Reedies Descend on Portland
Byon April 17, 2012 10:58 AM
Almost 200 Reed students, alumni, professors, and staff volunteered their time for the Centennial Day of Service on Saturday, restoring native habitat in Oaks Bottom, building a toolshed for a day-labor community center, and repairing books for low-income children.
The event, organized by SEEDS (Students for Education, Empowerment, and Direct Service), celebrated Reed's tradition of community service with a battery of projects throughout Portland that left a positive mark on the city—and on the participants.
SEEDS earned glowing reviews from students. Jennifer Caamano '12, who has volunteered with SEEDS all four of her years at Reed and now works as an intern with the Lane After-School Education with Reed (LASER) program, enthused that "it's super easy to just hop in a van and do service projects... It makes it really accessible." Shelly Skolfield '14, who reported having worked with SEEDS for "seven minutes," was no less enthusiastic. "It seems like it's going to be awesome," she said.
The day began with a breakfast speech by community organizer Kathleen Saadat '74, who emphasized Reedies' moral obligation to make the world a better place. "When you get a lot from the world," she said, "you have an obligation to give back. The more you get, the more you have an obligation to give back." She drove home the special obligation Reedies in particular have, given their unique training, telling the crowd, "You've got a lot." She encouraged Reedies to "think about how you will relate to people who are not like you," reminding volunteers that in their service, "you're going to teach and you're going to learn... If you only do one, you've missed the boat."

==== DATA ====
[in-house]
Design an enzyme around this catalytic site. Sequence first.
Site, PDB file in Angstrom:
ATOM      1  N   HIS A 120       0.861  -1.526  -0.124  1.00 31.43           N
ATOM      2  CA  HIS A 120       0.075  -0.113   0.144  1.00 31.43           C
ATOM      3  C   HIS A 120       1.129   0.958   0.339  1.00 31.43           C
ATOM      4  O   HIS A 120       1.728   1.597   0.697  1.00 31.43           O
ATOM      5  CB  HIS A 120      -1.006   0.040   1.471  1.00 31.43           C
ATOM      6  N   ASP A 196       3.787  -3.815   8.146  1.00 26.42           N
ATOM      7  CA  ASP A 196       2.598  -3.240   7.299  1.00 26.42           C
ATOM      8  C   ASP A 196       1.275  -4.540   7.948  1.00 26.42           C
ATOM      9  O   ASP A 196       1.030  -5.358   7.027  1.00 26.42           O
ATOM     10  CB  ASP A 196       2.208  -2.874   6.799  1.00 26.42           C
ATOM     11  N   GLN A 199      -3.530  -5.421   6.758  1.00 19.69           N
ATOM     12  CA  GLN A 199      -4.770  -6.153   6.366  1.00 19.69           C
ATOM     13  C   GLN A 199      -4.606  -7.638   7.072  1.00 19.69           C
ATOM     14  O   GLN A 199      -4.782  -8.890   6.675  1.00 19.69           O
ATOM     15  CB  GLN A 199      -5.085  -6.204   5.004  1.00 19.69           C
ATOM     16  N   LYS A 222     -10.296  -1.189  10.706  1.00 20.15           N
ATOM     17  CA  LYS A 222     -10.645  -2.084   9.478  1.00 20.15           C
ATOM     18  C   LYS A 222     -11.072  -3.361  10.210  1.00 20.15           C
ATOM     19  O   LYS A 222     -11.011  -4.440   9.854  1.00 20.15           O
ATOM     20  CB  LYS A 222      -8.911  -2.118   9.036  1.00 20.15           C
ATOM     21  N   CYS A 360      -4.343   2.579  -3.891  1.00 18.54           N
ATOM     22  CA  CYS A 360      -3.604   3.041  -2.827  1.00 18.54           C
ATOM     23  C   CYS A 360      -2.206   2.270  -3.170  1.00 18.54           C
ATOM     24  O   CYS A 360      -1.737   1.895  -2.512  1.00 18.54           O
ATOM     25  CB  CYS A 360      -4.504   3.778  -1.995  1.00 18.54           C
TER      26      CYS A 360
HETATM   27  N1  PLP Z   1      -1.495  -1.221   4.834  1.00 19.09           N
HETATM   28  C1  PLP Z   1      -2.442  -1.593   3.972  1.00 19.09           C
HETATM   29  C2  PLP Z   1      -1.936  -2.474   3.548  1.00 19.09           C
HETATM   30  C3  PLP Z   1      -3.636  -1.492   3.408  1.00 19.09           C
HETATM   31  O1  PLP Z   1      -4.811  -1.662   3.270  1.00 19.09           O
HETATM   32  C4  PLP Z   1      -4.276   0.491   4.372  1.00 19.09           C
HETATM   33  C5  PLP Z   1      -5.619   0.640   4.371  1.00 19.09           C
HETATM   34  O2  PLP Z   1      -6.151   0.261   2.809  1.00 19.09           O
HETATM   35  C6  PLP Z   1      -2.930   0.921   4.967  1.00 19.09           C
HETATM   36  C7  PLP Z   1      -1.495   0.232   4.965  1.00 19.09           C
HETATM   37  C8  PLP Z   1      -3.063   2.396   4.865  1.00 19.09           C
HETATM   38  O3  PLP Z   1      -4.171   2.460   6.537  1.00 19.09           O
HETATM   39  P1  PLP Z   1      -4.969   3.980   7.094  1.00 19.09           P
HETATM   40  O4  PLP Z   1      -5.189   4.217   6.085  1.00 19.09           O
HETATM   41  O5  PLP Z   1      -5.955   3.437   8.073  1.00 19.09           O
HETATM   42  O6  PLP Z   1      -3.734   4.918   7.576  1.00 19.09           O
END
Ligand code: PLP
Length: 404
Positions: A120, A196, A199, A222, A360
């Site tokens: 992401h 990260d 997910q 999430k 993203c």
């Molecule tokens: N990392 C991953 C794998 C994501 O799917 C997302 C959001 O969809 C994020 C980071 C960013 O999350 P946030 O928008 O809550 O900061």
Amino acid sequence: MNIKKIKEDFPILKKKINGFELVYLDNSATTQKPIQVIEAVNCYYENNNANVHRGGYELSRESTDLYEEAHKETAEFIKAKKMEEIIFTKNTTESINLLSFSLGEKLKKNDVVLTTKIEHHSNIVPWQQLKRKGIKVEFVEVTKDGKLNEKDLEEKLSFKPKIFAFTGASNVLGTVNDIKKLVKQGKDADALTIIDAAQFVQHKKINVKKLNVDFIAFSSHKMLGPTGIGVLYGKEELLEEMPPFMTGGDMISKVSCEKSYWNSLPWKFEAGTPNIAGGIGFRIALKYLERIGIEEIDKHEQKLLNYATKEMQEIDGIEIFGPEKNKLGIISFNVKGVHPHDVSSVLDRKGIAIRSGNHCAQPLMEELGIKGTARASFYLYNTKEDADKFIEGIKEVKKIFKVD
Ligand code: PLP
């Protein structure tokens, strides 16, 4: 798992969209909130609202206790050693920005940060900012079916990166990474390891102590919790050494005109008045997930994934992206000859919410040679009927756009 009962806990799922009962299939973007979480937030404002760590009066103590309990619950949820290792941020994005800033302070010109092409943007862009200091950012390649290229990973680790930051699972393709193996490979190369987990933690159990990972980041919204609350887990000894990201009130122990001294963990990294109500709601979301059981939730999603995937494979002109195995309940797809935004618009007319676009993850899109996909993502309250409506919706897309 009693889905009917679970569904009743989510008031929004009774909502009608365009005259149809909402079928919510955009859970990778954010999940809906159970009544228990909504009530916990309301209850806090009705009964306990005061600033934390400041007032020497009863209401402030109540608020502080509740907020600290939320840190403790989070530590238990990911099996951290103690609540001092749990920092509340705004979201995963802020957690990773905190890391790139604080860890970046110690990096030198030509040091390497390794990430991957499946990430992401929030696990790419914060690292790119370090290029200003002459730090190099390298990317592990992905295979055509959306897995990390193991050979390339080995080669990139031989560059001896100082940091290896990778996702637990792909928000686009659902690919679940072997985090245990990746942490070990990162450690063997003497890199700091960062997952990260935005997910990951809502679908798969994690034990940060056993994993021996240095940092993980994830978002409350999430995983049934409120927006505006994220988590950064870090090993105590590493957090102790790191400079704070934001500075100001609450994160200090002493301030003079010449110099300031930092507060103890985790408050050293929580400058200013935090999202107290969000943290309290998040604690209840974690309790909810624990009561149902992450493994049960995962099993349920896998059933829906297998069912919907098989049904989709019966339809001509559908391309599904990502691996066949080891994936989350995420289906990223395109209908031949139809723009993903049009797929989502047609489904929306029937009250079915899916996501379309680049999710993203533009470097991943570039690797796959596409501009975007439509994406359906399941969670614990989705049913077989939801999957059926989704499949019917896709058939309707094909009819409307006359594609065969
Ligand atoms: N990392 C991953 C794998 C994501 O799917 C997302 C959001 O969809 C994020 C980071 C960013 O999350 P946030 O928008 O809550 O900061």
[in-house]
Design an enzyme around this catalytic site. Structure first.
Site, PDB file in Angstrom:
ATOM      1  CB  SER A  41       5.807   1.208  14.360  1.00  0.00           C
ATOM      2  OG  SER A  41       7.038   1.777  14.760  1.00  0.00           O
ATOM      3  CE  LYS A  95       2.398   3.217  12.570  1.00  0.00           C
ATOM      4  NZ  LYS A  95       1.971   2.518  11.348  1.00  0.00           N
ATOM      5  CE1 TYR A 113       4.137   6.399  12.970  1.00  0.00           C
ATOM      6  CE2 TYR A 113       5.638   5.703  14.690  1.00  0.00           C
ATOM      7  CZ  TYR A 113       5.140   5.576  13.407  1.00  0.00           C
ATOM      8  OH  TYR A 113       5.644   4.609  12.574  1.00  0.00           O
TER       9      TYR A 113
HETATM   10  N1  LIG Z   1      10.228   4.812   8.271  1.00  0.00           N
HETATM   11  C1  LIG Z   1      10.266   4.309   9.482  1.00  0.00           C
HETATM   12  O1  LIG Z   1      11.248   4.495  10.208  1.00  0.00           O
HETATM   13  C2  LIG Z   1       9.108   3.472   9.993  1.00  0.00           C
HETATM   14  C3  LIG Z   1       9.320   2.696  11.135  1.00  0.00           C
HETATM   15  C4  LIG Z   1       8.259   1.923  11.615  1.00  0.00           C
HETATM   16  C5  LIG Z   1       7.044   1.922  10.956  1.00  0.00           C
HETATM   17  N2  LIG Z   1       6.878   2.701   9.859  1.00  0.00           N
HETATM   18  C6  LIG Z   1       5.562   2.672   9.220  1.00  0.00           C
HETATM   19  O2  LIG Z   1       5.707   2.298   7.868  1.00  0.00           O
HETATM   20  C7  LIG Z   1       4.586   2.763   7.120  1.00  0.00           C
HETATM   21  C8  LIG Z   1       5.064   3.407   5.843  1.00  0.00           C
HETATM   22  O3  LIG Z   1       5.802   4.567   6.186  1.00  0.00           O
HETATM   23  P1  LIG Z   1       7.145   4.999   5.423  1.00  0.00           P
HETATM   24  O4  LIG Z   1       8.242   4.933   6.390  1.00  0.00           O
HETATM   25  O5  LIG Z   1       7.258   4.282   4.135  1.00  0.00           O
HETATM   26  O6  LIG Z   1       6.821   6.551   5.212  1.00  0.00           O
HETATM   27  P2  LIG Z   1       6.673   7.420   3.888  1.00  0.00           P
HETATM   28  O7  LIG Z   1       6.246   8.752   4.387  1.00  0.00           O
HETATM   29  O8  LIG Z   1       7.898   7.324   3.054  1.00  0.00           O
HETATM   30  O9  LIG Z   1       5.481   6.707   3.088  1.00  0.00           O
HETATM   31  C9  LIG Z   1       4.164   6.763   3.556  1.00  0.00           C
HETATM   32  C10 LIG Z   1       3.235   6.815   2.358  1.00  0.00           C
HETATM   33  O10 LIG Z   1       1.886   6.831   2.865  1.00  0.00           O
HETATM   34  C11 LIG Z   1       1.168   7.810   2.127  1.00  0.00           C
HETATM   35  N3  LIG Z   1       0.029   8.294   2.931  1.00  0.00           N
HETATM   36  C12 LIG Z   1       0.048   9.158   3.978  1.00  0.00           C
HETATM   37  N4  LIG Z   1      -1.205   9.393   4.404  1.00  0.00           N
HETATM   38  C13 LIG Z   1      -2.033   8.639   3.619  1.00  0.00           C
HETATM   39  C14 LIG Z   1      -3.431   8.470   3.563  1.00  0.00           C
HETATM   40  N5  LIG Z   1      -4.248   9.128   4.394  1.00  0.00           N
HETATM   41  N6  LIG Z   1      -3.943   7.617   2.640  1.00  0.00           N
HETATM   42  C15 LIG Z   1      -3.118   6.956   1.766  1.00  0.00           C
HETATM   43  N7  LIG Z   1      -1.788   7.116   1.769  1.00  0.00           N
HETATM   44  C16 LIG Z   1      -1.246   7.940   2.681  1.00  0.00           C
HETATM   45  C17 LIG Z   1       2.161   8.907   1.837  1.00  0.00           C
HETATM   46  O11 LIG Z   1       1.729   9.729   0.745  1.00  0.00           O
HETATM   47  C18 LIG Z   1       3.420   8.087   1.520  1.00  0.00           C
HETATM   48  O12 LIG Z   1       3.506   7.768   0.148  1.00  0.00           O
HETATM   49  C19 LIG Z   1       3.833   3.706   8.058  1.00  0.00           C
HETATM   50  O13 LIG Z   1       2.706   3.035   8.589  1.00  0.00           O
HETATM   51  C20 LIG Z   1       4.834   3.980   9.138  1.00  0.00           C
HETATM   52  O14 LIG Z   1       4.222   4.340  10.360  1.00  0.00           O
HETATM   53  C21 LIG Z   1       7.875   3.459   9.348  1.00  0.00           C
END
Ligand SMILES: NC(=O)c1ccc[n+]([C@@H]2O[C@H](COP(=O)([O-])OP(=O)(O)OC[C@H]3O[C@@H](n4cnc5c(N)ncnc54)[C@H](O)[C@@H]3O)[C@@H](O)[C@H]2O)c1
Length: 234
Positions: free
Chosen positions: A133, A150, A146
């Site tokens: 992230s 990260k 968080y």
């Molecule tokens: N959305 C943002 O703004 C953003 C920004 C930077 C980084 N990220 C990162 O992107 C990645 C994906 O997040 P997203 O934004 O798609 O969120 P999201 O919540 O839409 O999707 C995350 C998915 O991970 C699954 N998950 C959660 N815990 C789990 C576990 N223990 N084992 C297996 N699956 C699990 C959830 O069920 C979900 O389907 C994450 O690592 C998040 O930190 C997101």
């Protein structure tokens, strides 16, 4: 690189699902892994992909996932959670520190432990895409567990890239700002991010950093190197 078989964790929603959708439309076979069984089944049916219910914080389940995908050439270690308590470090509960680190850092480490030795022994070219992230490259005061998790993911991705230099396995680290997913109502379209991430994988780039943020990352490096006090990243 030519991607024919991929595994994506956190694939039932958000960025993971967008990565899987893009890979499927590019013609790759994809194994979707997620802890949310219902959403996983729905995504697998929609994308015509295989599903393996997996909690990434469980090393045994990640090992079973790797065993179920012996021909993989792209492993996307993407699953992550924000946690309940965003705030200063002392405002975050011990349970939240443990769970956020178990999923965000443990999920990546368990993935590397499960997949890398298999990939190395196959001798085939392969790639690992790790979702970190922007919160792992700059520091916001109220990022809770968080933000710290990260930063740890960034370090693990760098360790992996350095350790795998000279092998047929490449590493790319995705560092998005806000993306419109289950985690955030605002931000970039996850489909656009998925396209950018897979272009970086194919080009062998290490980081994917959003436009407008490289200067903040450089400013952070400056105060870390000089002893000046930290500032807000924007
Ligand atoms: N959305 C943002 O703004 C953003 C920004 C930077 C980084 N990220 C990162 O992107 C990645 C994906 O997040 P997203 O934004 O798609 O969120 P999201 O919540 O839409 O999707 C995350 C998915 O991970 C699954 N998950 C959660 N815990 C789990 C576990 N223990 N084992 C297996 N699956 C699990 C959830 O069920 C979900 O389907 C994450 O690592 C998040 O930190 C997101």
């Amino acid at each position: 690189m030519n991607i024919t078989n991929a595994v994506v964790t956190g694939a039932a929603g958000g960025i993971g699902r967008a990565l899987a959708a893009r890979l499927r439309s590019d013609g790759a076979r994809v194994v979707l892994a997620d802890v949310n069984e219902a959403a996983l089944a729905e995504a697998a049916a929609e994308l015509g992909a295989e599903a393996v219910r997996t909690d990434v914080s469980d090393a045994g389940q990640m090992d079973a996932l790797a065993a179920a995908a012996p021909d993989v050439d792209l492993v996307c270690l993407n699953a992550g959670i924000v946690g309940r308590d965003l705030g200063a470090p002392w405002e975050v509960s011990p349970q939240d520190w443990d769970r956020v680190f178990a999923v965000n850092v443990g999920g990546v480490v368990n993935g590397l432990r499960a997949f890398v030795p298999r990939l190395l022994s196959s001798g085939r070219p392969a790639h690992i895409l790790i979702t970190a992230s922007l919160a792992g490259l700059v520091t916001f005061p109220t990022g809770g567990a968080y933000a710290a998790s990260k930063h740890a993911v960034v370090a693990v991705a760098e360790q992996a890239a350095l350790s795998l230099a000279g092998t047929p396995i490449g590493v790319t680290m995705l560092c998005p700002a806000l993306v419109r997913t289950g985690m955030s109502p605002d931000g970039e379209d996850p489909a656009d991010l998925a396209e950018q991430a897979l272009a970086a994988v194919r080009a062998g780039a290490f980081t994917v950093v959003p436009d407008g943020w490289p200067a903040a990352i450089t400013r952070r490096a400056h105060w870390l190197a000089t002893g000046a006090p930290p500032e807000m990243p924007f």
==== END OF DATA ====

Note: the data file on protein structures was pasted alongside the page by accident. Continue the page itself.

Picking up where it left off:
Francisco Aguirre, an immigrant from El Salvador and an organizer for Voz Workers' Rights Education Project, a group that advocates for day laborers, explained his goal to "learn from each other about justice and equality for all," and praised the volunteers' efforts. "You're a big help," he said, "because you're helping us to succeed our dream to support the community."
Specific projects of the day included working with Sue Thomas '73 at the Portland Parks and Recreation Environmental Education Program at Oaks Bottom Wildlife Refuge; with Emese Ilyes '08 at Project Grow, which empowers adults with developmental disabilities through art, farming and other meaningful work; collecting and restoring books with the Children's Book Bank, which strives to improve the literacy skills of low-income children by giving them books of their own before they reach kindergarten; and building a toolshed with Voz Worker's Rights Project.